How Did the Average 401(k) Close Out 2015?

Average 401(k) balances drifted lower in December, with stumbling markets overcoming the positive impact of contributions.

The nonpartisan Employee Benefit Research Institute (EBRI) estimates that the average account balance of younger, less-tenured workers (i.e., age 25-34, with 1-4 years of tenure) slipped 0.7% in the last month of 2015, cutting into November’s 1.6% increase. The average balance of older workers, notably those age 55-64 with 20-29 years of tenure, slid 1.8%, overwhelming the prior month’s 0.1% gain.

U.S. stocks ended the year with their worst annual performance since 2008, with the Dow Jones Industrial Average off 2.2% in 2015, while the broader S&P 500, after three years of double-digit gains, slipped 0.7%, though the tech-laden Nasdaq Composite Index rose 5.7%.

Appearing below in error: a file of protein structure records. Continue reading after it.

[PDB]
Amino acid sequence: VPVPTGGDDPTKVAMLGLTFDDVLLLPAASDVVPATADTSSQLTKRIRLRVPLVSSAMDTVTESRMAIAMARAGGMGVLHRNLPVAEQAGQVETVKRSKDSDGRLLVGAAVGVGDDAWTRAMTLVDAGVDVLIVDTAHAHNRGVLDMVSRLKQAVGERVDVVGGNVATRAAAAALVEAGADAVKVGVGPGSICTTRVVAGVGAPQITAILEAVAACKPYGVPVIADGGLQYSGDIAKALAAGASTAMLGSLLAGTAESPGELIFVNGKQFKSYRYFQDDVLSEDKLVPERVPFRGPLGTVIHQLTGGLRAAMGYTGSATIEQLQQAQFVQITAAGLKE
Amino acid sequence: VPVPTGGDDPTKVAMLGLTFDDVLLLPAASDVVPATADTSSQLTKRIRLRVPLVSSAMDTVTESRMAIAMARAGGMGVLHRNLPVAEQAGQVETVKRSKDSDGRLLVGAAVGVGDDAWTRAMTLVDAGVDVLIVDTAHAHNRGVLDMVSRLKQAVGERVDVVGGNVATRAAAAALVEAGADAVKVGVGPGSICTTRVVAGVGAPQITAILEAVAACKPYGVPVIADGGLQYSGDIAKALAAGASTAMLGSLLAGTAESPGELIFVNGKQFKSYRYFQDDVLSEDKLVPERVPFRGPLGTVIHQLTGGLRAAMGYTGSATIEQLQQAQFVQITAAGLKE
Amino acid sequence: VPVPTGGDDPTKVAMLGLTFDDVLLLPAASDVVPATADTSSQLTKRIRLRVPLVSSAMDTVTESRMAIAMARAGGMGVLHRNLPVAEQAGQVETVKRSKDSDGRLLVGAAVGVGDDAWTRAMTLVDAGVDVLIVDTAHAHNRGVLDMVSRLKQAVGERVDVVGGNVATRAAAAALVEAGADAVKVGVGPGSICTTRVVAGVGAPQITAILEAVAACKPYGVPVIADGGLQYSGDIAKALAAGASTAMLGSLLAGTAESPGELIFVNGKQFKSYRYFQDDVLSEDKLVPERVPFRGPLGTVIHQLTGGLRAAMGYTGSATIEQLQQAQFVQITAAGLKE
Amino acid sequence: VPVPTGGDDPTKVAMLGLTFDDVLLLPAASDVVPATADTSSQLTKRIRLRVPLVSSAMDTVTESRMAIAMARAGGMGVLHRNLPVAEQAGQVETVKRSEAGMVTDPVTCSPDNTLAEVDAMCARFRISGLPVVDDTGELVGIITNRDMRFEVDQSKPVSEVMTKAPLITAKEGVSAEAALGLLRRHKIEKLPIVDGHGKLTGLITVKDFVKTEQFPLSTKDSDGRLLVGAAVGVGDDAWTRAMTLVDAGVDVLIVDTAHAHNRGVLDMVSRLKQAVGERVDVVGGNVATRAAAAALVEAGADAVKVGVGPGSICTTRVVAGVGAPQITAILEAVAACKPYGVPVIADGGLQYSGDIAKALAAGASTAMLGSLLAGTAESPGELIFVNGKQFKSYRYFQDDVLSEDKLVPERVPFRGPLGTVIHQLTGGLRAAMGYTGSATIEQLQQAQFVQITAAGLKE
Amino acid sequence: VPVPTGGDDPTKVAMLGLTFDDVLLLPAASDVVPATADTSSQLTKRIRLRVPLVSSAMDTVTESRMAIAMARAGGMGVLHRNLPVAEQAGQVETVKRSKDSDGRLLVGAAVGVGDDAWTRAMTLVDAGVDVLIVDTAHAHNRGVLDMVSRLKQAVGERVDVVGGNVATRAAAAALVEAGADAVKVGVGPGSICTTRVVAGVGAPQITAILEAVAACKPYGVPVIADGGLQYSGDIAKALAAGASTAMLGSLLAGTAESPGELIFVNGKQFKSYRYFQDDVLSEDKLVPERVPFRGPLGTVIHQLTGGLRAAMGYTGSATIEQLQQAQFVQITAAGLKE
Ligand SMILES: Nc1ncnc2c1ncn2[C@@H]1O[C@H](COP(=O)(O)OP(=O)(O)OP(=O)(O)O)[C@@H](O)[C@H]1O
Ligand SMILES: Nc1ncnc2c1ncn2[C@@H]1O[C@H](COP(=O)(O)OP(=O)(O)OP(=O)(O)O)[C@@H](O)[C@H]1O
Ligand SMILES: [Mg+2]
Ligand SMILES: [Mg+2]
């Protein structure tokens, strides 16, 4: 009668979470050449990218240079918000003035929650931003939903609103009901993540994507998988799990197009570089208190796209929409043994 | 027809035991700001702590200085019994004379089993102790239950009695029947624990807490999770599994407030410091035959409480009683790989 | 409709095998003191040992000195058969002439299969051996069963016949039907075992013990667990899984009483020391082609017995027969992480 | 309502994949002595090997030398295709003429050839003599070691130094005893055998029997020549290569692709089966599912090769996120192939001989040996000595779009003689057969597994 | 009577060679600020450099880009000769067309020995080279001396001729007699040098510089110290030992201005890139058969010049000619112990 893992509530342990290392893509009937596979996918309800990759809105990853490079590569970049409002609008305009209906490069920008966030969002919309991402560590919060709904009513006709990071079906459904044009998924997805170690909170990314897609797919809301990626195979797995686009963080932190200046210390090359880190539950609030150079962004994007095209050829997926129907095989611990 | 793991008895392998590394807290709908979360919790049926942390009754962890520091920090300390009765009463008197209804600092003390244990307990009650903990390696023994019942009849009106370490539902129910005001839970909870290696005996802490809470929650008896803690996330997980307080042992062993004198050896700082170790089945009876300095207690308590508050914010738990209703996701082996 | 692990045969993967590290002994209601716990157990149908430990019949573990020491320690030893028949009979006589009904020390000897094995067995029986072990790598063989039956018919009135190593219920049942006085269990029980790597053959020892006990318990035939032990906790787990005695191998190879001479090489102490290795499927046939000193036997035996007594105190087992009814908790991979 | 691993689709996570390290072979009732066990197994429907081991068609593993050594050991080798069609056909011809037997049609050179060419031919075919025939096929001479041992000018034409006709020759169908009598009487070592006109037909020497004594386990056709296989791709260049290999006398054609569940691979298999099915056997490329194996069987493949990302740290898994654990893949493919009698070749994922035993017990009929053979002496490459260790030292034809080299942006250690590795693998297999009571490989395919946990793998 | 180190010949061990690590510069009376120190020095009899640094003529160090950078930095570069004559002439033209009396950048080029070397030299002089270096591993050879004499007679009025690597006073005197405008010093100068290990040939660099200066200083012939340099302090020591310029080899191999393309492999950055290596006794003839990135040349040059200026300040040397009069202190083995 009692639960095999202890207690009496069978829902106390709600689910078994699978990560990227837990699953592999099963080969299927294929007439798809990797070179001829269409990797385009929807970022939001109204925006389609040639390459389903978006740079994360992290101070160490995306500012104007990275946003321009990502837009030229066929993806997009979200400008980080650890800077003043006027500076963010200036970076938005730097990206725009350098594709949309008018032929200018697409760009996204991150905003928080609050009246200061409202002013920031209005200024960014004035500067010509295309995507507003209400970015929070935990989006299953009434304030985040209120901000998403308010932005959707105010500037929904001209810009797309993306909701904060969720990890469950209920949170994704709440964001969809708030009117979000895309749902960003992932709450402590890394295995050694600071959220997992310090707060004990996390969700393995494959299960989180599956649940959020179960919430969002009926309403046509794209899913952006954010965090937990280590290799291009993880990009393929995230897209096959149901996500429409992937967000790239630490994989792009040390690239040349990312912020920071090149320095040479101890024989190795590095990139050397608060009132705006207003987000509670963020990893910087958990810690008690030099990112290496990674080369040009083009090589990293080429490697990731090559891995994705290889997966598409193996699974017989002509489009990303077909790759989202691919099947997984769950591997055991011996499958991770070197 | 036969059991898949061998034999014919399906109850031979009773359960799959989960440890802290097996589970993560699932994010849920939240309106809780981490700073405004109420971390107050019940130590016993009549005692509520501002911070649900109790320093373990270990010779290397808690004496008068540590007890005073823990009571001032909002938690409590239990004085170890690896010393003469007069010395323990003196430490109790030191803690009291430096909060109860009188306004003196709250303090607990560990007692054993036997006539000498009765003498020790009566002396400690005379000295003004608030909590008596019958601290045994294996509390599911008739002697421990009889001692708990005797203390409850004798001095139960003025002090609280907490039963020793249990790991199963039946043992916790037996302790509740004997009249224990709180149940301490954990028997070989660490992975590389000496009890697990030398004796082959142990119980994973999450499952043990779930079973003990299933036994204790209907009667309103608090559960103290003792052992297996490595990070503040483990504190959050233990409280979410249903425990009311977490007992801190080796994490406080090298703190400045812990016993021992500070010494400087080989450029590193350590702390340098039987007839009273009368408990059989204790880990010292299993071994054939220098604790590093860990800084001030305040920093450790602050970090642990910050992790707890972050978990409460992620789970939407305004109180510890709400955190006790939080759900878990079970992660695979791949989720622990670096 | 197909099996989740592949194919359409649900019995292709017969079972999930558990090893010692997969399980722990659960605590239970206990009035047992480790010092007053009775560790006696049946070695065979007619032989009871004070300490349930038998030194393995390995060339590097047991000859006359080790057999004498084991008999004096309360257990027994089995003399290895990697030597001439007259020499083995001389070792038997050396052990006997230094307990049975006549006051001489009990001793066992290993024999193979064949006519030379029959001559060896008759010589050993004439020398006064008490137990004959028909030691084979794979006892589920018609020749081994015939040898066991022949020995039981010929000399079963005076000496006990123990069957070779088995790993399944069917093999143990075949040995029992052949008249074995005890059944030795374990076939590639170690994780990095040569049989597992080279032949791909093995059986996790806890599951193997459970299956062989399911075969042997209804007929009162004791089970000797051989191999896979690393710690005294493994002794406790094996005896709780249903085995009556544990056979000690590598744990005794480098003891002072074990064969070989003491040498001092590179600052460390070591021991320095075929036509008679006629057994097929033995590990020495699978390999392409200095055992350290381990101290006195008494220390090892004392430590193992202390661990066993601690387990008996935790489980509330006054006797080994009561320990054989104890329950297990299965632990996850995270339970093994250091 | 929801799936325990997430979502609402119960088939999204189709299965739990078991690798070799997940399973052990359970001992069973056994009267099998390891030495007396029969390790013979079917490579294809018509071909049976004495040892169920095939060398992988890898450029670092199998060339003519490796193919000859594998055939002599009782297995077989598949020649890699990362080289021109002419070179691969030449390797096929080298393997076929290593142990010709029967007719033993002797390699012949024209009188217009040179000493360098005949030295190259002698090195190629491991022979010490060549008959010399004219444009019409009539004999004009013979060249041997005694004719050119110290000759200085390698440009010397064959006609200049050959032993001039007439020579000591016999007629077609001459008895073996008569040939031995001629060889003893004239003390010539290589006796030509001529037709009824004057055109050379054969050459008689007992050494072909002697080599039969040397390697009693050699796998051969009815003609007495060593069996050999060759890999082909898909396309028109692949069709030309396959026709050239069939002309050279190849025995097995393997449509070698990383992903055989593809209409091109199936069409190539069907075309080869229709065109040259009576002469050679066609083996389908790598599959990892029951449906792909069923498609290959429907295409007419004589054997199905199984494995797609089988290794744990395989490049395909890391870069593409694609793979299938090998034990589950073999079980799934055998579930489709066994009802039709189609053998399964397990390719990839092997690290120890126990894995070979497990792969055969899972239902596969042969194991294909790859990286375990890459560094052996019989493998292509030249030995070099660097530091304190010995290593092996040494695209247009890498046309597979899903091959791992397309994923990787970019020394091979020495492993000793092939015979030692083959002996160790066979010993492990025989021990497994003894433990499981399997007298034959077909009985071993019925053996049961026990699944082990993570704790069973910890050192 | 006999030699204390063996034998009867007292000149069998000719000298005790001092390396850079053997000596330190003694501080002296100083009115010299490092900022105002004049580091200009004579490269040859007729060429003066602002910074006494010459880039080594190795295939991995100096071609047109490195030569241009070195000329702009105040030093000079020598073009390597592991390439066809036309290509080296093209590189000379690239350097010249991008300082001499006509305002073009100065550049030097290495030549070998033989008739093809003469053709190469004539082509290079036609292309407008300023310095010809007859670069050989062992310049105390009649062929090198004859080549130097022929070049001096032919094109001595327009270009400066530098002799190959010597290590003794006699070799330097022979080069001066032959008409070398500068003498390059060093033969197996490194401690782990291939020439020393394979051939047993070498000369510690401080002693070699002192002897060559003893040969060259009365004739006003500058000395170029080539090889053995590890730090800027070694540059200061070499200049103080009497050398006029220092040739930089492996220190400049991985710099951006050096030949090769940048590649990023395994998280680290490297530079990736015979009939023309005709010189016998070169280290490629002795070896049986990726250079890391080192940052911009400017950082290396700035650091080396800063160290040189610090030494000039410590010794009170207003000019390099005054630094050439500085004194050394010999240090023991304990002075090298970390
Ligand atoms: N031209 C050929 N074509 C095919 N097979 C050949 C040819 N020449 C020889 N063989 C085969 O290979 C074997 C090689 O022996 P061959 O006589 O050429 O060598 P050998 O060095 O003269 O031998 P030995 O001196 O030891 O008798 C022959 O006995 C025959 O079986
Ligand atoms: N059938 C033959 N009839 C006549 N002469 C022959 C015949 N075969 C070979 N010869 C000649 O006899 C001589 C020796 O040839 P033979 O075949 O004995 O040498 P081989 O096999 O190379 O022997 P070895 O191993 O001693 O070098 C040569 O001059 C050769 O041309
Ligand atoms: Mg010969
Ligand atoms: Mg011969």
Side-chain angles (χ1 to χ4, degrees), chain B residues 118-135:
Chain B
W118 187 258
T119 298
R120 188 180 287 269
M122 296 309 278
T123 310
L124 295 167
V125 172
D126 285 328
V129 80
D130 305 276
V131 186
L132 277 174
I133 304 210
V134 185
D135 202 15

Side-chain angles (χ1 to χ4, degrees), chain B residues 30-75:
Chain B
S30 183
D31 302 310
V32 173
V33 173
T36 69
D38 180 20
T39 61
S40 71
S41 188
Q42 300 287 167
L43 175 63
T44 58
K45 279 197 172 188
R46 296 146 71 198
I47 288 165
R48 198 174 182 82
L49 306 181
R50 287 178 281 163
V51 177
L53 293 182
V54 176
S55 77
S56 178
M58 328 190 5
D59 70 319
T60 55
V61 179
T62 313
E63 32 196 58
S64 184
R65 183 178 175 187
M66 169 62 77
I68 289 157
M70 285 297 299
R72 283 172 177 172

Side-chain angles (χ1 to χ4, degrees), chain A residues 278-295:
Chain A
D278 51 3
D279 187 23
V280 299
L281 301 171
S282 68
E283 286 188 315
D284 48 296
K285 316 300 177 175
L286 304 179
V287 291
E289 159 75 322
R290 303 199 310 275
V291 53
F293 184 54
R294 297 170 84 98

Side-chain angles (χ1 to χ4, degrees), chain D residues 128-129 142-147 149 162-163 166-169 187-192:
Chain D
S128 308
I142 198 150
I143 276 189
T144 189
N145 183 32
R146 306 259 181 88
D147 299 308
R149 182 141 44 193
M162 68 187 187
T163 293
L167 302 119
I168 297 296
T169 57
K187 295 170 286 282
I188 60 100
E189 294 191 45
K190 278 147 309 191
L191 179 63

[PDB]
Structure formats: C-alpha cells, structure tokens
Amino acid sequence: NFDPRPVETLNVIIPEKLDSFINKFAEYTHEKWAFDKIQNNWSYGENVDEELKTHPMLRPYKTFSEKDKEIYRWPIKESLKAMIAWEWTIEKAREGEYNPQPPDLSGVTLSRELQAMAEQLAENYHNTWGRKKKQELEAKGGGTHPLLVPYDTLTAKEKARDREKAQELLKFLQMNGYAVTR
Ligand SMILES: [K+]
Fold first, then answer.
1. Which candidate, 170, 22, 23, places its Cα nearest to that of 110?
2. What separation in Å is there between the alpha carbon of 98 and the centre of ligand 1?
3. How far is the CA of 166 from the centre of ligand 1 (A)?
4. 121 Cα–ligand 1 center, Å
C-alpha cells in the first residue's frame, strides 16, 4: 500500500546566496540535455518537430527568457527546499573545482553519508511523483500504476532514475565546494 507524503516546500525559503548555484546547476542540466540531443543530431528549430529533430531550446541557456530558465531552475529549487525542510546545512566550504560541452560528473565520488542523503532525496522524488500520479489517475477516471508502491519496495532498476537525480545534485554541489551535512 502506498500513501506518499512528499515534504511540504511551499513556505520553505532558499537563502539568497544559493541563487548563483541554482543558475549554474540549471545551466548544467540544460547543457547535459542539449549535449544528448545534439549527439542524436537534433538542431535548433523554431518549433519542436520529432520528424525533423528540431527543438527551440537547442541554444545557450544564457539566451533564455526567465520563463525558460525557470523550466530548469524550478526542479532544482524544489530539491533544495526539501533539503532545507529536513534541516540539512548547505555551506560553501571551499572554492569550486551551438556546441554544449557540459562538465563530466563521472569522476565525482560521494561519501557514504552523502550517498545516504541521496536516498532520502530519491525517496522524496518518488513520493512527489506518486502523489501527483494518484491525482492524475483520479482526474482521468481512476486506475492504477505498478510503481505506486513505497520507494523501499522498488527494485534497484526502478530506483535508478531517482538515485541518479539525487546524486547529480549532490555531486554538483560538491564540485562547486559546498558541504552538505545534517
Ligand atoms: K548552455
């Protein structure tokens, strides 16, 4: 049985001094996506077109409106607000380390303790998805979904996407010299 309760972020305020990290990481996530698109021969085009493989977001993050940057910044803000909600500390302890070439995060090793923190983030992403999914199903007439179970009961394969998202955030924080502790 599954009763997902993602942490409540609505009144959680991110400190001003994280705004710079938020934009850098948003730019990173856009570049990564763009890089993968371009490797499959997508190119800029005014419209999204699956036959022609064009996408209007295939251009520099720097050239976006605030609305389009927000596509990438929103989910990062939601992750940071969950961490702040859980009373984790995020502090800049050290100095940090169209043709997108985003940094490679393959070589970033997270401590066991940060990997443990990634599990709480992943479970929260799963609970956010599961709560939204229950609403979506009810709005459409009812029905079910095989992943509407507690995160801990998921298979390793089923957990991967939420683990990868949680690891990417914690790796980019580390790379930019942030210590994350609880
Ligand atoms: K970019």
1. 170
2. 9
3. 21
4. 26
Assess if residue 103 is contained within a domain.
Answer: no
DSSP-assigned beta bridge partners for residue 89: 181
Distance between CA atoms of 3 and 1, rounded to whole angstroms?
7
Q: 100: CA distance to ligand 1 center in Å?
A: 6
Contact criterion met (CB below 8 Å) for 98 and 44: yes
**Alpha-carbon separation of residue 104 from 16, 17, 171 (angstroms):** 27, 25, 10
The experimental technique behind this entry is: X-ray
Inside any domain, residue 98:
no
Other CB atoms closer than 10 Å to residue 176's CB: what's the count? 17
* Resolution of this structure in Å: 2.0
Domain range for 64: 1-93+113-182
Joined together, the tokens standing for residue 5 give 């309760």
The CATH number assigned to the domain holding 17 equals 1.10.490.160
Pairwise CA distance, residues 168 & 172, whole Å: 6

The first month of the last quarter had seen much stronger performance among those average 401(k) balances, with the younger, less-tenured group registering a 7.8% surge in October, while the older, more tenured group enjoyed a 5.2% increase, according to EBRI’s estimates.

Older, higher tenured participants tend to have larger account balances, and the movement in average balance tends to be more influenced by market moves, while the accounts of younger, less tenured workers are more likely to be influenced by contribution flows.

The EBRI/ICI database includes demographic, contribution, asset allocation and loan and withdrawal activity information for millions of participants. EBRI has produced estimates of the cumulative changes in average account balances — both as a result of contributions and investment returns — for several combinations of participant age and tenure.

You can access reports of both cumulative and monthly average account changes here.

Post a Comment

Your email is never published nor shared. Required fields are marked *

You may use these HTML tags and attributes: <a href="" title=""> <abbr title=""> <acronym title=""> <b> <blockquote cite=""> <cite> <code> <del datetime=""> <em> <i> <q cite=""> <s> <strike> <strong>

Send this to a friend